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Sunday, April 19, 2015

The US wasn't the only government to fund 'Victory-2015'

Prime Minister Netanyahu will undoubtedly want to take this up with German Premier Angela Merkel the next time he sees her:
If you go through the comments, you will see that Victory 2015 - the group that attempted to defeat Netanyahu in the last election with backing from the Obama administration - is not happy about being exposed.


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Putin warns Israel against selling weapons to Ukraine

Earlier this week, I reported that there is talk of Israel selling advanced weapons systems to Ukraine and Georgia in response to Russia selling the S-300 missile defense system to Iran. Vladimir Putin has taken notice, and the leader of the world's only superpower is warning Israel against making such weapons sales.
Speaking to official state media in Russia, Putin said that any such deals between Israel and Ukraine would be “counterproductive” and would “only cause a new round of hostility.”

“The death toll would rise, but the result would not change,” Putin was quoted as telling Rossiya, the official state-run television channel.


“It’s a choice for the Israeli leadership to make, they can do what they see necessary,” Putin said.
Something tells me that Putin doesn't really want a direct confrontation with Israel. He just wants money from Iran. Perhaps we should offer to  buy the S-300 instead?

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Saturday, April 18, 2015

A $50 billion signing bonus for Iran

The cartoon above is from 2008 and is actually more optimistic than what's going on today. For today, it is clear, that President Hussein Obama is perfectly happy to have Iran become nuclear armed, at least so long as it doesn't happen on his watch.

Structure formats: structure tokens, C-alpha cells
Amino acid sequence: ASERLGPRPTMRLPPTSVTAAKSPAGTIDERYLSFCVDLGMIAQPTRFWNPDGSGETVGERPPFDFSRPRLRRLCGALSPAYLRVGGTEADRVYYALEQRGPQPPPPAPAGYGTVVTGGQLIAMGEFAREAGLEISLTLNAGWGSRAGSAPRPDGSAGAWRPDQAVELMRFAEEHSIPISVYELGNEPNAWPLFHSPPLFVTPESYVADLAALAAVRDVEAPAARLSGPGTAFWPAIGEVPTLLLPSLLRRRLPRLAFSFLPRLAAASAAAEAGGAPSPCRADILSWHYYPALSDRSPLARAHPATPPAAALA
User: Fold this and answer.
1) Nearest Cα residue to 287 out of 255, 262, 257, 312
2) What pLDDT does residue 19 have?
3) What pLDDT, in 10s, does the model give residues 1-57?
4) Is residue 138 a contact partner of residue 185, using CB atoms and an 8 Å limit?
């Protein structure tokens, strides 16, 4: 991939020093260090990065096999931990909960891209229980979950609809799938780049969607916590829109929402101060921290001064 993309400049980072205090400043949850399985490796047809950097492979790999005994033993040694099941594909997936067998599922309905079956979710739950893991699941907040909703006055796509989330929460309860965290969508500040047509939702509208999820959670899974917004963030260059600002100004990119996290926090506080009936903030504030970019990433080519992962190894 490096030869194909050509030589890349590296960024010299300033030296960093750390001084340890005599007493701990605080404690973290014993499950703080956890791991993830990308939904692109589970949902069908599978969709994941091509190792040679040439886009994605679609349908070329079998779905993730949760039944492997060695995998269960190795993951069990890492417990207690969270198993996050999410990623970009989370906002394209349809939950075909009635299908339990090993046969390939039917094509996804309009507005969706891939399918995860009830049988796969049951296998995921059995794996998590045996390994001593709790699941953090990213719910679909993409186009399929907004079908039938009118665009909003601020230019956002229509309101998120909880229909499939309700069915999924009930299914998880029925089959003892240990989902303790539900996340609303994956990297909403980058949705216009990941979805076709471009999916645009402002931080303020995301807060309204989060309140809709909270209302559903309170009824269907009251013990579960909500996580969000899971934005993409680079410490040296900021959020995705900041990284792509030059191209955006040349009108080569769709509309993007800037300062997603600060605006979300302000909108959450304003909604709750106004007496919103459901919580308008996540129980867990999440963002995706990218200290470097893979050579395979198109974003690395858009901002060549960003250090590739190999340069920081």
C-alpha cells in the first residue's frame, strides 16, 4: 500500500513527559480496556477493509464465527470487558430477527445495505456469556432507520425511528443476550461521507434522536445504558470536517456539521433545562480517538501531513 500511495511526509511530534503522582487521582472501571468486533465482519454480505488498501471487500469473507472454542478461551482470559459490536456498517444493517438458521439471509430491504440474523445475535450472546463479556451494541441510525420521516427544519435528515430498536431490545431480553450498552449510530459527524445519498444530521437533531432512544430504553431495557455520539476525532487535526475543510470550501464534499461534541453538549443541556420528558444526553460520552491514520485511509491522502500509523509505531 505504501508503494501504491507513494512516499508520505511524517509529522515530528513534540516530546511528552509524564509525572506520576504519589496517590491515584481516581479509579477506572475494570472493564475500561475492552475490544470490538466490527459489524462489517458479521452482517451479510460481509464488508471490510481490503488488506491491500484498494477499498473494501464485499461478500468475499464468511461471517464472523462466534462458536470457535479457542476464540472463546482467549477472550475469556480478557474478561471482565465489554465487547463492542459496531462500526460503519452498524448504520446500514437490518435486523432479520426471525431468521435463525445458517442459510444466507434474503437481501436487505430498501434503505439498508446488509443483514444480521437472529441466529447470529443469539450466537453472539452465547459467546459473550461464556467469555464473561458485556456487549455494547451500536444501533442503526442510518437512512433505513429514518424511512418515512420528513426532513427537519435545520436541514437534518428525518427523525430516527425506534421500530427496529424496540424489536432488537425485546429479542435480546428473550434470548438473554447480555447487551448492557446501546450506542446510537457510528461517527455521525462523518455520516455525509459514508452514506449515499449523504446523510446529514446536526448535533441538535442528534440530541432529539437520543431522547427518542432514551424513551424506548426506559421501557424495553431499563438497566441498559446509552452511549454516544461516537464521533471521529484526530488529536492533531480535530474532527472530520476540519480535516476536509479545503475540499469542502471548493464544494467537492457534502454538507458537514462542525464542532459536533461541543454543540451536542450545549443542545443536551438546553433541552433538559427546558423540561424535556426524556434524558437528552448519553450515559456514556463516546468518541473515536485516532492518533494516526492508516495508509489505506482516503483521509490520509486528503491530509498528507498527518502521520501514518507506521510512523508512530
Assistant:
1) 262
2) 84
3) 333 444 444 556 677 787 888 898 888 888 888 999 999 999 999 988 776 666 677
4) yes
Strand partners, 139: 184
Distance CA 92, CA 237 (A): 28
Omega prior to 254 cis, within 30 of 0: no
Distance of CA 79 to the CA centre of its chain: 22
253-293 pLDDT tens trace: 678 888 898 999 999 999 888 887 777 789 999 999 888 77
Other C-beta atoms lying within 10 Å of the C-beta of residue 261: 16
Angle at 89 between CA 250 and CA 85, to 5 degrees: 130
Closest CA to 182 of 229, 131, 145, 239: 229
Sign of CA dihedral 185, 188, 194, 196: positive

Shavua tov, a good week to everyone.

In an email, Omri Ceren reports that President Hussein Obama is offering Iran a $50 billion cash infusion to sign a nuclear agreement with the P 5+1. That would increase Iranian GDP by 10% immediately. And that's only the beginning.
This Wall Street Journal article by Carol Lee and Jay Solomon went live yesterday just as everyone was going home, but it's everywhere this morning so I wanted to pass it along. Pasted at the bottom. It reports out the President’s comments from yesterday, which you would have gotten from me along with video, in which he moved to placate Khamenei's new demand for immediate sanctions relief upon signing a deal.

The White House is trying to spin the new concession, which contradicts the factsheet they distributed the evening of the Lausanne announcement, in two ways.